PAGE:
I had planned for something like this, so I do have a small stockpile of non perishables. Wood for the wood stove if it gets cold. I have enough propane for the generator to continue for 7-8 more days. Stores in town have opened though so getting food isn't a problem. Propane should start getting restocked soon, hopefully.

I'm using my mobile phone for internet. I normally use Starlink. I'm lucky here because some places on the island had mobile phone network issues. Mine has been fine though.

I just opened an arcade in town and that building is without power - so this is going to hurt a little on the business side of things if we're down for weeks. This is really the one thing that worries me right now since we just opened.

The one nice thing is the island regulates the prices of energy. All gas stations, propane dealers, etc, all have the same prices. We don't have any fuel price gouging at times like this.

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u/Daraca Sep 29 '22

We had 9 days without power once here and I wasn’t even remotely prepared. That being said, they were restoring partial power so between fridge clean out bbq parties, the few food service places that had power, and dry goods it wasn’t so bad.

After 2 weeks is when it really starts to get bad.

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u/knewbees Sep 29 '22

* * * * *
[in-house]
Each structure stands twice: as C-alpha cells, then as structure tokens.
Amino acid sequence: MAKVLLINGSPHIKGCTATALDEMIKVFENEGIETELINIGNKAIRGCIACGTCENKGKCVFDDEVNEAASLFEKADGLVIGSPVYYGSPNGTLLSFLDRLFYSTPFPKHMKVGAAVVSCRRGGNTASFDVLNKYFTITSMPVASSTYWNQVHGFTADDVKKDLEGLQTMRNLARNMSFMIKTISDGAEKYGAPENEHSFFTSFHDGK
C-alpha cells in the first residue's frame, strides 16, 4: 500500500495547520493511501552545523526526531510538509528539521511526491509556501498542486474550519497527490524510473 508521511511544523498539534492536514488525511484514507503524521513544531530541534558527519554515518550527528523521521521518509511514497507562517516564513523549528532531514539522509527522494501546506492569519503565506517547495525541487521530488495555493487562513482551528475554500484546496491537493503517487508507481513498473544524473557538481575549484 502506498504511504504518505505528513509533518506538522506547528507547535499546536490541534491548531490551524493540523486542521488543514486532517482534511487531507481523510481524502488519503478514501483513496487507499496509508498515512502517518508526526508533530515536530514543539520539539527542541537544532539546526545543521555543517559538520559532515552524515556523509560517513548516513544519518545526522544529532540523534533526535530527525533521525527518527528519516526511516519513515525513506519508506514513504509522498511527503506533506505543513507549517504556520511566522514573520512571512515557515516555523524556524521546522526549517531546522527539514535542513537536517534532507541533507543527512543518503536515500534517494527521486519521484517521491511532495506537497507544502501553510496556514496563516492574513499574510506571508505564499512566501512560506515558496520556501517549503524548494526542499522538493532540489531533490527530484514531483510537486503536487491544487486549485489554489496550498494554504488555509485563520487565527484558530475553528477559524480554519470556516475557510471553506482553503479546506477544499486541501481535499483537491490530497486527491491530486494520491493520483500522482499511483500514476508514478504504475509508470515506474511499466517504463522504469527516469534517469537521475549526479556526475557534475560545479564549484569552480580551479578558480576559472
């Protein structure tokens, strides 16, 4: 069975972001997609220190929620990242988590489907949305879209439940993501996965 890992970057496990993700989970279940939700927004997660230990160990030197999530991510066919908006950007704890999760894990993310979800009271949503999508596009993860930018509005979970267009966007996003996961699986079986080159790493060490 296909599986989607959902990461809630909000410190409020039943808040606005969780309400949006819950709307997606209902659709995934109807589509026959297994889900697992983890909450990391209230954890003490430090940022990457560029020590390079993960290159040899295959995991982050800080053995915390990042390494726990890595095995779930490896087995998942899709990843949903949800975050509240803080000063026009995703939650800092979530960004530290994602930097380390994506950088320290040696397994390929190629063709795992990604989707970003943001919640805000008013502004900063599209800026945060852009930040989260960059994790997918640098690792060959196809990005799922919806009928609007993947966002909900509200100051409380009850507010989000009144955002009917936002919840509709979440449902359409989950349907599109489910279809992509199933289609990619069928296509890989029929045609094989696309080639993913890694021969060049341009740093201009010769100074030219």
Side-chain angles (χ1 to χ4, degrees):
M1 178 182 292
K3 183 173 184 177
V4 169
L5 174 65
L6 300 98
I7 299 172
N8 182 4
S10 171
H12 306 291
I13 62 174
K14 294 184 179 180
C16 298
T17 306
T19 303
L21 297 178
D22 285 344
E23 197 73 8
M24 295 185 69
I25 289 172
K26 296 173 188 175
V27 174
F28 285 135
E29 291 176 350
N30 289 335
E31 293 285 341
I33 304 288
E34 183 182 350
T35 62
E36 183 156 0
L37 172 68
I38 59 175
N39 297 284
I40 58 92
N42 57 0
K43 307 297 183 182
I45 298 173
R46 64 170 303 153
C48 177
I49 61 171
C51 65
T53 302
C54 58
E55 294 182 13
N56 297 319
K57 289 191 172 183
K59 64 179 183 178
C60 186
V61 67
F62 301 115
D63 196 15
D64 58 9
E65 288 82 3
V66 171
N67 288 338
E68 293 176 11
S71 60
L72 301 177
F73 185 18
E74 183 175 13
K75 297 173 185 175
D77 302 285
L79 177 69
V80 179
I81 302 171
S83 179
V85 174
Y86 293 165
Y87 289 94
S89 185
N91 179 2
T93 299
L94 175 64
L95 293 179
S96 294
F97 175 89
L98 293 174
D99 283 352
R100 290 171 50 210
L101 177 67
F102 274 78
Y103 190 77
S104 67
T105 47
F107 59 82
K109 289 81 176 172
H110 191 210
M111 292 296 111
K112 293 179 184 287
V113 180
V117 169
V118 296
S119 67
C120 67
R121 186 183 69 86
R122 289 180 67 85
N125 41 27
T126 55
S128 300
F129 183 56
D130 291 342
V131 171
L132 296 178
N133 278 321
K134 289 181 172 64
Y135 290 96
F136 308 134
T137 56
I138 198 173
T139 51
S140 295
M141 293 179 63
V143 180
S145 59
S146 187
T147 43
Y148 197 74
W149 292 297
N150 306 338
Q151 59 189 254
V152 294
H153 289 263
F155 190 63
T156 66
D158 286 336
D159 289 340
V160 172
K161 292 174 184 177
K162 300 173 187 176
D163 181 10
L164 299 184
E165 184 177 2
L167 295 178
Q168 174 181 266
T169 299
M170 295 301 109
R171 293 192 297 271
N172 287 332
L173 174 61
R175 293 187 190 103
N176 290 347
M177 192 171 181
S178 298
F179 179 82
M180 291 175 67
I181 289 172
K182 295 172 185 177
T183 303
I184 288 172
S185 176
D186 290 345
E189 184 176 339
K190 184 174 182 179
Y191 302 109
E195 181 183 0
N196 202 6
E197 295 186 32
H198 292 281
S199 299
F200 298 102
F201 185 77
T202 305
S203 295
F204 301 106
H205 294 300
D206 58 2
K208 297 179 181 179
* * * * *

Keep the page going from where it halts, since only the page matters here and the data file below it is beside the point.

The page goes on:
How is the power situation going in Puerto Rico?

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u/dillontree Sep 29 '22

It was about 400k reported outages yesterday at 12pm est. Below 300k now. A good tool for following outages around the country https://poweroutage.us/

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u/hand_of_satan_13 Sep 29 '22 edited Sep 29 '22 Wholesome Seal of Approval

De Santis will sort it out. You know, maybe fly out those displaced by the storm up north where some compassionate folks can look after them...

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u/BridgetheDivide Sep 29 '22

Been noticing plenty of cars of what I assume are Floridian refugees in my state. Judging by their driving they aren't sending their best people. I wonder if they appreciate the irony lol

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u/ThatHoFortuna Sep 29 '22

Judging by their driving they aren't sending their best people.

Yeah, sorry about that. Those probably are our best people, if I'm being honest.

Just give them plenty of room to run into stuff. And for the love of god, don't yell at them or even make eye contact when they do hit something, or you could end up in a shootout.

Just out of curiosity, how many of them are in golf carts?

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u/jelloslug Sep 29 '22